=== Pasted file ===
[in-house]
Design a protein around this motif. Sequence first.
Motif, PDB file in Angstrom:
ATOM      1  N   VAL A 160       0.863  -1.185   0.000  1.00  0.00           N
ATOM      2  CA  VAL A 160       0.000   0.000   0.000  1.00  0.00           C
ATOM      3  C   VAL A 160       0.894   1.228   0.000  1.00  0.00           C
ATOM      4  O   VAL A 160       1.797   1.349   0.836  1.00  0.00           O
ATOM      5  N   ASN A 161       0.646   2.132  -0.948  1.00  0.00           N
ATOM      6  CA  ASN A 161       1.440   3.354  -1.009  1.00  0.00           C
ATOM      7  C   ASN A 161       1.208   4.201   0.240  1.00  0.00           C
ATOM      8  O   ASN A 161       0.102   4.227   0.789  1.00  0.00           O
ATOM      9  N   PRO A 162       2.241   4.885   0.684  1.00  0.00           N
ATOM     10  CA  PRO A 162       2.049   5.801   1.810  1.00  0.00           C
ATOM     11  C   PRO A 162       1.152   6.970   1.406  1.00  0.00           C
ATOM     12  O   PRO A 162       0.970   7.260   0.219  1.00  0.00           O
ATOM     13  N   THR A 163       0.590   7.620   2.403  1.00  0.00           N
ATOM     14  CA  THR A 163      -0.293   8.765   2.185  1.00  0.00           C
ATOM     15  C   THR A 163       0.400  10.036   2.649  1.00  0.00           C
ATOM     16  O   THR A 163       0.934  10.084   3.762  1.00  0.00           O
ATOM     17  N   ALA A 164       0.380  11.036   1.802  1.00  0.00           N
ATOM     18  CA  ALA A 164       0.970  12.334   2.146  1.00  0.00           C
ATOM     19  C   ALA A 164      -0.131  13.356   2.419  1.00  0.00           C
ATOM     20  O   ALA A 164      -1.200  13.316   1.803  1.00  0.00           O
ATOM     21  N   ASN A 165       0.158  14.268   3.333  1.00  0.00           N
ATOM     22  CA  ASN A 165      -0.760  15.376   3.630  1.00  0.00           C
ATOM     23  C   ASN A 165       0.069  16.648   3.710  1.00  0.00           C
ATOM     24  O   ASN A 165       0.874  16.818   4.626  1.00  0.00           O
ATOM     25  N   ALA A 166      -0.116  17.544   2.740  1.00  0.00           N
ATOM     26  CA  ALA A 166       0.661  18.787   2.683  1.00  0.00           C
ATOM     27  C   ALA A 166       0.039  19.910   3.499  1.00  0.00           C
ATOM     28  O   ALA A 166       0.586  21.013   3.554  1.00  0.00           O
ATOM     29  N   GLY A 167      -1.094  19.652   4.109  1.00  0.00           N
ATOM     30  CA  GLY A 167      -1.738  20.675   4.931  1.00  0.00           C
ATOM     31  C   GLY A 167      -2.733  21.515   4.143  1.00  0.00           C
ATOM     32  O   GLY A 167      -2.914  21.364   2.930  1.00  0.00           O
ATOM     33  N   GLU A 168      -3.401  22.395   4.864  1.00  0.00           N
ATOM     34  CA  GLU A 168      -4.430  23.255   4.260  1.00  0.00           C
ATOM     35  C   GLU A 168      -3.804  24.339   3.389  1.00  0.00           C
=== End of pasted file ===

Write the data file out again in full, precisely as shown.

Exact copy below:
[in-house]
Design a protein around this motif. Sequence first.
Motif, PDB file in Angstrom:
ATOM      1  N   VAL A 160       0.863  -1.185   0.000  1.00  0.00           N
ATOM      2  CA  VAL A 160       0.000   0.000   0.000  1.00  0.00           C
ATOM      3  C   VAL A 160       0.894   1.228   0.000  1.00  0.00           C
ATOM      4  O   VAL A 160       1.797   1.349   0.836  1.00  0.00           O
ATOM      5  N   ASN A 161       0.646   2.132  -0.948  1.00  0.00           N
ATOM      6  CA  ASN A 161       1.440   3.354  -1.009  1.00  0.00           C
ATOM      7  C   ASN A 161       1.208   4.201   0.240  1.00  0.00           C
ATOM      8  O   ASN A 161       0.102   4.227   0.789  1.00  0.00           O
ATOM      9  N   PRO A 162       2.241   4.885   0.684  1.00  0.00           N
ATOM     10  CA  PRO A 162       2.049   5.801   1.810  1.00  0.00           C
ATOM     11  C   PRO A 162       1.152   6.970   1.406  1.00  0.00           C
ATOM     12  O   PRO A 162       0.970   7.260   0.219  1.00  0.00           O
ATOM     13  N   THR A 163       0.590   7.620   2.403  1.00  0.00           N
ATOM     14  CA  THR A 163      -0.293   8.765   2.185  1.00  0.00           C
ATOM     15  C   THR A 163       0.400  10.036   2.649  1.00  0.00           C
ATOM     16  O   THR A 163       0.934  10.084   3.762  1.00  0.00           O
ATOM     17  N   ALA A 164       0.380  11.036   1.802  1.00  0.00           N
ATOM     18  CA  ALA A 164       0.970  12.334   2.146  1.00  0.00           C
ATOM     19  C   ALA A 164      -0.131  13.356   2.419  1.00  0.00           C
ATOM     20  O   ALA A 164      -1.200  13.316   1.803  1.00  0.00           O
ATOM     21  N   ASN A 165       0.158  14.268   3.333  1.00  0.00           N
ATOM     22  CA  ASN A 165      -0.760  15.376   3.630  1.00  0.00           C
ATOM     23  C   ASN A 165       0.069  16.648   3.710  1.00  0.00           C
ATOM     24  O   ASN A 165       0.874  16.818   4.626  1.00  0.00           O
ATOM     25  N   ALA A 166      -0.116  17.544   2.740  1.00  0.00           N
ATOM     26  CA  ALA A 166       0.661  18.787   2.683  1.00  0.00           C
ATOM     27  C   ALA A 166       0.039  19.910   3.499  1.00  0.00           C
ATOM     28  O   ALA A 166       0.586  21.013   3.554  1.00  0.00           O
ATOM     29  N   GLY A 167      -1.094  19.652   4.109  1.00  0.00           N
ATOM     30  CA  GLY A 167      -1.738  20.675   4.931  1.00  0.00           C
ATOM     31  C   GLY A 167      -2.733  21.515   4.143  1.00  0.00           C
ATOM     32  O   GLY A 167      -2.914  21.364   2.930  1.00  0.00           O
ATOM     33  N   GLU A 168      -3.401  22.395   4.864  1.00  0.00           N
ATOM     34  CA  GLU A 168      -4.430  23.255   4.260  1.00  0.00           C
ATOM     35  C   GLU A 168      -3.804  24.339   3.389  1.00  0.00           C